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Todd says north has 'massive opportunities' in renewable energies


By Gordon Calder

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THE north is "perfectly placed to take advantage of the massive opportunities" in renewable energy, according to Maree Todd, the newly-elected MSP for Caithness, Sutherland and Ross.

She says the area has a huge role to play in tidal energy and offshore wind farms and could lead the way in green technologies such as hydrogen developments and nuclear fusion.

In an interview with the John O' Groat Journal, Ms Todd said the Pentland Firth has 25 per cent of the tidal power in the whole of Europe and has major offshore wind projects such as Beatrice and Moray Offshore Renewables Ltd.

The SNP MSP also highlighted the role Dounreay could play in developing nuclear fusion which she believes could be an option for the future of the plant. She says it could produce green energy without the nuclear waste associated with nuclear fission. The site has the skills and the diversity to tackle the project while the wider Highland area has the potential to be at the forefront of hydrogen technology.

Ms Todd, who is 48, would like to see the north having a role in manufacturing the equipment needed for these projects and identified post-Covid recovery, health, roads, tourism, infrastructure, keeping young people in the north and empowerment as other key issues.

"This is a great place to to live and work and raise a family but we have an ageing demographic and have to find ways of hanging on to our young people and provide opportunities for them," she said.

Ms Todd, who says she is a people person, sees her role as a facilitator. "I am not big on ego. It is not me that will make the difference but the people. I will help them tackle the barriers they face and which prevent progress. I don't have a magic wand to wave but aim to understand the issues here and represent the area to the best of my ability. I will work with Jamie Stone – Lib Dem MP for Caithness, Sutherland and easter Ross – and others for the benefit of this constituency."

She has "hit the ground running" since her election earlier this month and, so far, has had meetings with a number of bodies including, NHS Highland, the Nuclear Decommissioning Authority and Highlands and Islands Airports Ltd.

On health she said: "I will work with NHS Highland to to ensure all health care needs are met in a safe and sustainable way and that people here get high-quality care as close to home as possible but I am not promising we would go back to a model that failed in the past."

Ms Todd described the state of north roads as "unacceptable". "They are a disgrace and I am determined to work to improve them," she said.

Although the MSP pointed out that Highland Council has a statutory responsibility for many of the roads in its area, she acknowledged there have been Covid-related problems this year as well as a bad winter.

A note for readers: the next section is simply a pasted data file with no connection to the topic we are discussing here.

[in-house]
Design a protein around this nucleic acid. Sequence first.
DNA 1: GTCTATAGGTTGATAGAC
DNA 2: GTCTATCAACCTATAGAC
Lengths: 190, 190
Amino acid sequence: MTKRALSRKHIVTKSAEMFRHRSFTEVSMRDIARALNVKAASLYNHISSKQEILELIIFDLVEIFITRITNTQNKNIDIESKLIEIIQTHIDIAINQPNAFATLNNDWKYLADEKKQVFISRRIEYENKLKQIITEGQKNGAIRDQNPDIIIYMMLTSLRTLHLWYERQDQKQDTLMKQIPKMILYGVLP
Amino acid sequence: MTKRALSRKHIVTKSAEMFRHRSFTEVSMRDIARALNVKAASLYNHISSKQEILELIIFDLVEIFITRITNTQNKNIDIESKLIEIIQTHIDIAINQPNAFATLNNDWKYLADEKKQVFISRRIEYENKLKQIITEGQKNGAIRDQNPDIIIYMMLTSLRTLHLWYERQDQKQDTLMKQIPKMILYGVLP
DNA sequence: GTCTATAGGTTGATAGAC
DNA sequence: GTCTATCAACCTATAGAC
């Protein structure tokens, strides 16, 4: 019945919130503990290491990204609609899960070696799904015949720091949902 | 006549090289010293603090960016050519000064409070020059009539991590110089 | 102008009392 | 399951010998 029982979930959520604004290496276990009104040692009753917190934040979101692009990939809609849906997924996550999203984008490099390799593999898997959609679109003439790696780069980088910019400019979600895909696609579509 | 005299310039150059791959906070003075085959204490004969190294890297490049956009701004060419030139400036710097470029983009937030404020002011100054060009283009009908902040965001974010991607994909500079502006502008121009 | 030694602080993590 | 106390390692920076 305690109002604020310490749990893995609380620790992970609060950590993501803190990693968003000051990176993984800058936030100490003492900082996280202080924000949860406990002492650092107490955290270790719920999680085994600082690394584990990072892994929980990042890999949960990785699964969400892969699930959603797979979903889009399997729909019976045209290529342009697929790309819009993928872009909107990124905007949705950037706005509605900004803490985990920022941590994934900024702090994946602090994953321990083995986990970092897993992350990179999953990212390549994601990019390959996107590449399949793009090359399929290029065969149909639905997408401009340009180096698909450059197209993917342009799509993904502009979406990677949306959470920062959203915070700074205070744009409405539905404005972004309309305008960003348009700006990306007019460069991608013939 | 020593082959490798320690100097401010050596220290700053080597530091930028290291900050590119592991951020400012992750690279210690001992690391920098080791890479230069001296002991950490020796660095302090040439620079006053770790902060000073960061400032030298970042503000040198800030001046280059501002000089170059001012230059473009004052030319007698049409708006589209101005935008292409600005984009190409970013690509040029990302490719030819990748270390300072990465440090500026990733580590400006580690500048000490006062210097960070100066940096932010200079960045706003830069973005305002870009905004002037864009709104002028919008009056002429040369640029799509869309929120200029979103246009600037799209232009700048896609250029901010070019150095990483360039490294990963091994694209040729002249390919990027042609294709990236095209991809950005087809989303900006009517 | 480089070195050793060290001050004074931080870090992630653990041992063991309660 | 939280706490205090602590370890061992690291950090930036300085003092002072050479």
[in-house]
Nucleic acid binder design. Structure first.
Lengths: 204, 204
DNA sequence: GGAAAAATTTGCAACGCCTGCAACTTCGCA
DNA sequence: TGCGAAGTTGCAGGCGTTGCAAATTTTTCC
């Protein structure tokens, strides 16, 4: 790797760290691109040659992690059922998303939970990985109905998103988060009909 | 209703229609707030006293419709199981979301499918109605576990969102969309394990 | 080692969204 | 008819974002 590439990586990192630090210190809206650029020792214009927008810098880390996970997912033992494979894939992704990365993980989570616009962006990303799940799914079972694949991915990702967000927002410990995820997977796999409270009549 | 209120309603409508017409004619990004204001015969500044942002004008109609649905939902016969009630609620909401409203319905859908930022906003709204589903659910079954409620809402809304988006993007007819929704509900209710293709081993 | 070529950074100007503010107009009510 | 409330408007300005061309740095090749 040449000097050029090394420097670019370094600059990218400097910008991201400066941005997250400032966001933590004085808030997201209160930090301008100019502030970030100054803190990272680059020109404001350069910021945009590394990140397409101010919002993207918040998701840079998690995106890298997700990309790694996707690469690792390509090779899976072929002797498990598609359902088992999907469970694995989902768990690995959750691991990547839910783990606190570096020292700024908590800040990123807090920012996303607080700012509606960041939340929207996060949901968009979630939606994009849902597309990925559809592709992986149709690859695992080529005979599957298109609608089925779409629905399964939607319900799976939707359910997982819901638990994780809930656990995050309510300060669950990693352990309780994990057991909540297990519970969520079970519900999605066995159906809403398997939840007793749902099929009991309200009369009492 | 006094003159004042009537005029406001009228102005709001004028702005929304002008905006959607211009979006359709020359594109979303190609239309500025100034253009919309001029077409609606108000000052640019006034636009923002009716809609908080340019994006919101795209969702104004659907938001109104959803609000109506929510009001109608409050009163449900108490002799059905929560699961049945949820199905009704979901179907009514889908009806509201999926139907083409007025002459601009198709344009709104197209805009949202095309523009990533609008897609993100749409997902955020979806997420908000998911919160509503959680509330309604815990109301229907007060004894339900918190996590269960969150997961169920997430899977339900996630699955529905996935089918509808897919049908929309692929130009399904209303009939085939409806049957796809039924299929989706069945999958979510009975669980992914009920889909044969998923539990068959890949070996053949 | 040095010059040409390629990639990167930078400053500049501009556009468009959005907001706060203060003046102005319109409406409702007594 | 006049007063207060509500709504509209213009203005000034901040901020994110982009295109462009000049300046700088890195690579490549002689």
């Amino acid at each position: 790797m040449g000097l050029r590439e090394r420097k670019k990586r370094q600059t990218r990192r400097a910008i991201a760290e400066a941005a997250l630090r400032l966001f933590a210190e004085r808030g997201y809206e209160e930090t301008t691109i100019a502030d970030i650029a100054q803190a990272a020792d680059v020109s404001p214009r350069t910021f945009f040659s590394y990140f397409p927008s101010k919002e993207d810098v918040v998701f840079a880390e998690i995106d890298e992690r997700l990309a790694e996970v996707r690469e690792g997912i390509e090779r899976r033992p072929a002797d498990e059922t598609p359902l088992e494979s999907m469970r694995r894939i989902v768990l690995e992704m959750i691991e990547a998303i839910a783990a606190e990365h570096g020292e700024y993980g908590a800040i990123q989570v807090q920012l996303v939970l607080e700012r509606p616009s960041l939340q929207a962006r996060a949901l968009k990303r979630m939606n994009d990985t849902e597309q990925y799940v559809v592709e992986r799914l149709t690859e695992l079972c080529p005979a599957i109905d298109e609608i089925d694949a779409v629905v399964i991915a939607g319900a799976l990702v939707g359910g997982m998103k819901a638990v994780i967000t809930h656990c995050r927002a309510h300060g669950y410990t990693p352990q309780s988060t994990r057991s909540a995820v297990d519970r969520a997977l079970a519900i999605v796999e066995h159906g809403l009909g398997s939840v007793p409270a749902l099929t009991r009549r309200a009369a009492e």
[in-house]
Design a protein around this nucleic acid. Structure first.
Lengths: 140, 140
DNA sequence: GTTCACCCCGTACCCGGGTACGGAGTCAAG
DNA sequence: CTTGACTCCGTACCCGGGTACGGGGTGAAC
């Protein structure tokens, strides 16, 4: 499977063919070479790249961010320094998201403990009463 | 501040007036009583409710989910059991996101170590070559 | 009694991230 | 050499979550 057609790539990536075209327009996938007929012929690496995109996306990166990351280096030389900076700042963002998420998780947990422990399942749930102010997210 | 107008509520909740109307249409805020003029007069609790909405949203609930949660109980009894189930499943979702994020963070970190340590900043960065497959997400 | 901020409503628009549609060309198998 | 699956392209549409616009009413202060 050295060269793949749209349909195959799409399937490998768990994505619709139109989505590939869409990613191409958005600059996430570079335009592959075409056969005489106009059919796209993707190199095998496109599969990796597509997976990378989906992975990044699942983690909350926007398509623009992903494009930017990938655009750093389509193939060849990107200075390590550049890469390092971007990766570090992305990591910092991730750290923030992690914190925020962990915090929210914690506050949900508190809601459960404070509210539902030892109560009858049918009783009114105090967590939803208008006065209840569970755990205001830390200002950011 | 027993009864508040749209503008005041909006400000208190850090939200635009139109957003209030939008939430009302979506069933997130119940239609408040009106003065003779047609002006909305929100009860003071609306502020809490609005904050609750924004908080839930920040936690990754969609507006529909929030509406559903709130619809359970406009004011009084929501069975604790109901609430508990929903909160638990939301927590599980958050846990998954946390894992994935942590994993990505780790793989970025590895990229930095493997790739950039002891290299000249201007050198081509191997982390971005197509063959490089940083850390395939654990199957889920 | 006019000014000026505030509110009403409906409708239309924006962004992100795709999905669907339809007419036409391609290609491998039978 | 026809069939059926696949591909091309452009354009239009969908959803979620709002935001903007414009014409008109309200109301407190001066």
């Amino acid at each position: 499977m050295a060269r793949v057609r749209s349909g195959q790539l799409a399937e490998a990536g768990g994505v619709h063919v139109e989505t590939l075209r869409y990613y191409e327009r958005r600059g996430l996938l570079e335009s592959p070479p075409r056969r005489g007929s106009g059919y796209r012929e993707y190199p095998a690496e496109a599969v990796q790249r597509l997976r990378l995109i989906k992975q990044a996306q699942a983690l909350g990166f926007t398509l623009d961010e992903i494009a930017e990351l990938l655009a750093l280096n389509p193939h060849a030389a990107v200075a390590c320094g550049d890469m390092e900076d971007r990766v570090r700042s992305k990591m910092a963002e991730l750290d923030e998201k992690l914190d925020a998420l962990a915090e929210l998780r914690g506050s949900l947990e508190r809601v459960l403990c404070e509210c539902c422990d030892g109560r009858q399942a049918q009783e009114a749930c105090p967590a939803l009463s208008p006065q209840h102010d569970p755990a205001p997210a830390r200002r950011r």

Regards tourism, she is keen for visitors to see "this special part of the world" but hopes lessons can be learned from the problems experienced last year and says people coming here should treat the area with respect although she says the infrastructure needs to be improved to cope with the increasing numbers.

Ms Todd is keen to get out and about now restrictions are being lifted. "It did not feel like a normal campaign this time because of Covid and I am and my team are keen to make up for that and be more mobile and get to know people."

She had a difficult last week during the election when her husband, John, suffered a heart attack. He was treated quickly and is making a recovery but it was "a shocking and overwhelming" experience, said Ms Todd who described the treatment John received as "superb."

She is setting up a office in the constituency as soon as she can although plans are still to be finalised. Ms Todd was a minister for Children and Young People in the last Scottish Government but when she spoke to the Groat did not know if she would be asked to serve in the new administration.

She was a regional MSP for the Highlands and Islands before contesting the Caithness, Sutherland and Ross seat so is familiar with the Scottish Parliament and feels well equipped to deal with the "unique set of challenges this vast and rural constituency faces".

Ms Todd, who took her affirmation at Holyrood in Gaelic, beat her closest challenger, Molly Nolan of the Liberal Democrats, by 2591 votes in election, getting15,889 votes while Ms Nolan received 13,298.

She is "delighted " to have won the seat but stressed: "I have been elected to represent everyone in this constituency, regardless of whether they voted for me, and I promise I will do this to the best of my ability."

Being elected as the area's MSP is "the privilege of my life", she said.

The seat was previously held since 2016 by Gail Ross (also SNP) who stood down for family reasons.

Before coming into politics, Ms Todd worked in the NHS for 20 years and was a mental health pharmacist in Inverness. She grew up in Ullapool and lives in Strathpeffer with husband John. The couple have three of a family – Rowan (21), Rachel (19) and Gregor (16).


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